• In a few weeks you should have a usable compost.

Keep in mind that during this procedure that the compost does not stay hot through the entire process. Indeed after the first week you should notice a considerable drop in the temperature – this is normal and an essential part of the decomposition of the material to create compost.

What are Green and Brown materials?

Green material is organic items that are loaded with nitrogen, while brown material is carbon based and has no nitrogen content.

The brown material in compost is that which makes up the bulk of the compost itself, while the green material makes up the ‘food’ element of the compost – the nitrogen.

Green materials include

  • Grass clippings
  • Vegetable cuttings
  • Coffee grounds or tea bags
  • Animal manures, horse, chicken, sheep, cow
  • Ground egg shells
  • Cut hay (not straw which is brown)

Brown materials include

  • Shredded cardboard and newspaper (not color print)
  • Straw (not hay which is green)
  • Leaf moult, small twigs and forest debris
  • Sawdust and fine shavings

The difference between straw and hay

straw bale garden pic
These are barley straw bales that have no nutritional value until I add nitrogen to crreate my straw bale garden

There is an issue around the difference between Hay and Straw which I had better explain a little further, as it is important in compost making.

On some sites they recommend that hay is a brown material – this is wrong as far as compost is concerned. Yes, dried hay does look a little brown, but as far as nutrients go it is rich in nitrogen being dried grass and or clover leaves.

This is why hay barns and not straw barns can easily combust if the roof is leaking – the nitrogen in the dried grass is activated by the water and produces heat enough to ignite the dried grass on the outward surface of the HAY bale.

Straw on the other hand is basically an inert material that is devoid of nitrogen and adds the carbon bulk element needed for compost. If you soak a straw bale without the addition of raw nitrogen added to it (as you would with a straw bale garden), then it will do nothing.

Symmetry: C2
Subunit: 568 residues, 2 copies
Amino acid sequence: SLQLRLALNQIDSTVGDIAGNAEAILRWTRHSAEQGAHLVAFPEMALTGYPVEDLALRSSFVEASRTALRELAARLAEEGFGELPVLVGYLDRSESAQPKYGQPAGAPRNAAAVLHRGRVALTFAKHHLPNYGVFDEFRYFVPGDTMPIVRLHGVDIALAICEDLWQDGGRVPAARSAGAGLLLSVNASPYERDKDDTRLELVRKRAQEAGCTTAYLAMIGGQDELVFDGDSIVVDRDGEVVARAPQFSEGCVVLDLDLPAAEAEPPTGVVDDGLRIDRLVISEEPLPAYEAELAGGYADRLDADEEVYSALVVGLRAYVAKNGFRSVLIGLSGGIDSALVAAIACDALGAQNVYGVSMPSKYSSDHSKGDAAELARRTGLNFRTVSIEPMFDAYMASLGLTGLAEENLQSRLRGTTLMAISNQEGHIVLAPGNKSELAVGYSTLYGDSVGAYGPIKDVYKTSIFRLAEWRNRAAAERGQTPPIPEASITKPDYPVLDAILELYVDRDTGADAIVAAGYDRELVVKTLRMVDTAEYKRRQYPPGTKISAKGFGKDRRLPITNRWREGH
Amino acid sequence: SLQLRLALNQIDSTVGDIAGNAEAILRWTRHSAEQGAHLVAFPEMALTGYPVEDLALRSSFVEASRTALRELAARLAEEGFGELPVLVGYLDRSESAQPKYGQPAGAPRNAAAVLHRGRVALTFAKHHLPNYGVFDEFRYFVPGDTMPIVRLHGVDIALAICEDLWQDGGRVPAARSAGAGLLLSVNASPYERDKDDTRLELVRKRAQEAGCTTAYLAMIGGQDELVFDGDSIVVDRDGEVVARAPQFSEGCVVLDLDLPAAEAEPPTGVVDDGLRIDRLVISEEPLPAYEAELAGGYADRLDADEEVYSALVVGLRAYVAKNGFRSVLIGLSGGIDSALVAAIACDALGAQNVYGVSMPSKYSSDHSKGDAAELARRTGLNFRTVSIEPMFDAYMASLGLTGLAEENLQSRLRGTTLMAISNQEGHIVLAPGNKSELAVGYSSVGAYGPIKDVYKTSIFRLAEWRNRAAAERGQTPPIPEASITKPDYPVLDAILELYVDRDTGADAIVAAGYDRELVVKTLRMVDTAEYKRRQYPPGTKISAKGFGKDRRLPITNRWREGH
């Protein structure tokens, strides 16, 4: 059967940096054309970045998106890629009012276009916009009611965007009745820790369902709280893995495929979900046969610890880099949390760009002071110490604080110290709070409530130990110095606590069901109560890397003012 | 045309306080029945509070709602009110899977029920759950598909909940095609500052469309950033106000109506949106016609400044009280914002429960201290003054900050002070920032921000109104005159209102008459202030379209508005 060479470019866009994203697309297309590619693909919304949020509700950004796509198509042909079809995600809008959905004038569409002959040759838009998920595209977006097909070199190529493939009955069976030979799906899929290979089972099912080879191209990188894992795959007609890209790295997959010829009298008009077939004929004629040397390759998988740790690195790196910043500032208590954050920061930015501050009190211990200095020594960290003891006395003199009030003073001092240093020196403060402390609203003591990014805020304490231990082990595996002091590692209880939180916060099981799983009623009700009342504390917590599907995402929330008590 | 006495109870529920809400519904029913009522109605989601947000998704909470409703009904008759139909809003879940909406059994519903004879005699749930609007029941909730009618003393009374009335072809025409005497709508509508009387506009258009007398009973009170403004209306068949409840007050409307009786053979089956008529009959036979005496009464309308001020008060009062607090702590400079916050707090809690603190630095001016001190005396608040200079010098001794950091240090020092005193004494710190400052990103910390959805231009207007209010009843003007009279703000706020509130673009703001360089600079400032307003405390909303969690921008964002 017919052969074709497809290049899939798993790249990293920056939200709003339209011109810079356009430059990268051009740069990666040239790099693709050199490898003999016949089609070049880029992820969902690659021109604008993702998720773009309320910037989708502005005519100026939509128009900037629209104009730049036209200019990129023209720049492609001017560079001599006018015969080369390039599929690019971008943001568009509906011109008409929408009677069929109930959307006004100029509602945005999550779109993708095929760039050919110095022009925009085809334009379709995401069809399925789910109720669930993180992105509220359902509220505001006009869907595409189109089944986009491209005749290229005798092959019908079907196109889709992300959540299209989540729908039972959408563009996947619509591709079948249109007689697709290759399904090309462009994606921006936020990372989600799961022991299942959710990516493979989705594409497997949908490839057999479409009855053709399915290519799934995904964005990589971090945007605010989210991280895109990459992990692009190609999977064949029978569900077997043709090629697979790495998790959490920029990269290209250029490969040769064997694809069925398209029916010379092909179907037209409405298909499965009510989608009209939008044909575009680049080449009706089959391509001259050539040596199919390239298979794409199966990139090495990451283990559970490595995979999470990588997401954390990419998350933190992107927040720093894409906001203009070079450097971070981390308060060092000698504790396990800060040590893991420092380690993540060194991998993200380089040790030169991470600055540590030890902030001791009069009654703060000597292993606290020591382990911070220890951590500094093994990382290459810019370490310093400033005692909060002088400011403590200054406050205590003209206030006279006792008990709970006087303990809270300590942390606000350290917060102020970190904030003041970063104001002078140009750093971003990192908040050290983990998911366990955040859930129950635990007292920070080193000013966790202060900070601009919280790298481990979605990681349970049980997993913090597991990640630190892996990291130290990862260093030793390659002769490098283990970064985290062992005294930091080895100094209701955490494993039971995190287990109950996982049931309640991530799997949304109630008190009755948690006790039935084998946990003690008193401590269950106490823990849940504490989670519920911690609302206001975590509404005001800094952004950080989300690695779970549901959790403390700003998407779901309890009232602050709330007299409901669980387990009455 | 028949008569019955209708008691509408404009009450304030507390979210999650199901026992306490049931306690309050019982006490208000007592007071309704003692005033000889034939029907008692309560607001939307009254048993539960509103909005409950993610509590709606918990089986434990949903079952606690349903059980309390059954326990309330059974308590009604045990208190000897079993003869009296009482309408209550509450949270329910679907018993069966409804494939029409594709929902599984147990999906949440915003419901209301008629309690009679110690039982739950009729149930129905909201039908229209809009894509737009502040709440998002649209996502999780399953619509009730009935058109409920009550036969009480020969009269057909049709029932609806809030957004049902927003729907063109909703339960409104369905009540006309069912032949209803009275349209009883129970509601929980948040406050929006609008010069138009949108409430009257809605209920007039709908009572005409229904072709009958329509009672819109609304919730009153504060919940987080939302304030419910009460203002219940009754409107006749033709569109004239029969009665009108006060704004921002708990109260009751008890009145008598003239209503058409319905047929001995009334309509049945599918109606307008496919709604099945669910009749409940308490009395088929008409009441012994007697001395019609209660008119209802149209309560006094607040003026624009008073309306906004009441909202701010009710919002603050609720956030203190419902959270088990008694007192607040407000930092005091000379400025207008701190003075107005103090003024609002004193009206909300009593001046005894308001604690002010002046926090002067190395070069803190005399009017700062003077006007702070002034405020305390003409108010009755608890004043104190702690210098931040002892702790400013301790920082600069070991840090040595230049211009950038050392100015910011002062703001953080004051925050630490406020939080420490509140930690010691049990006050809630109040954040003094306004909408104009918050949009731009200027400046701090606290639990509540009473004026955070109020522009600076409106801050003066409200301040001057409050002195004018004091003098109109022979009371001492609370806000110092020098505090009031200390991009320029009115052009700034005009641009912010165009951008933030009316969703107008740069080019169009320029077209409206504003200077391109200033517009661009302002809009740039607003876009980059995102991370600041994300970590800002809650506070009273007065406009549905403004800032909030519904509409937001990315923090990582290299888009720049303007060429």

It will eventually rot down over 3 years or more, but basically it would not act as a green material in compost.

Straw is basically a by-product of barley, wheat, or oats and is used for animal bedding as it has no nutritional value.

Summary of Hot Composting

composting guidebook front cover

Although the hot composting method does indeed produce usable compost in a vary short time, it is perhaps a little more labour intensive in its production.

Where cold composting is a simple matter of throwing material on the compost heap over a long period of time, maybe turning occasionally. The hot method requires constant daily turning over 3-4 weeks if it is to be effective.

The pros and cons of hot composting vs cold composting have to be taken into account and acted upon depending on the users priorities and indeed how much time they have to spare.

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Best Selling author of several no-dig gardening books, James has over 40 years of gardening knowledge and experience to share with like-minded gardening enthusiasts.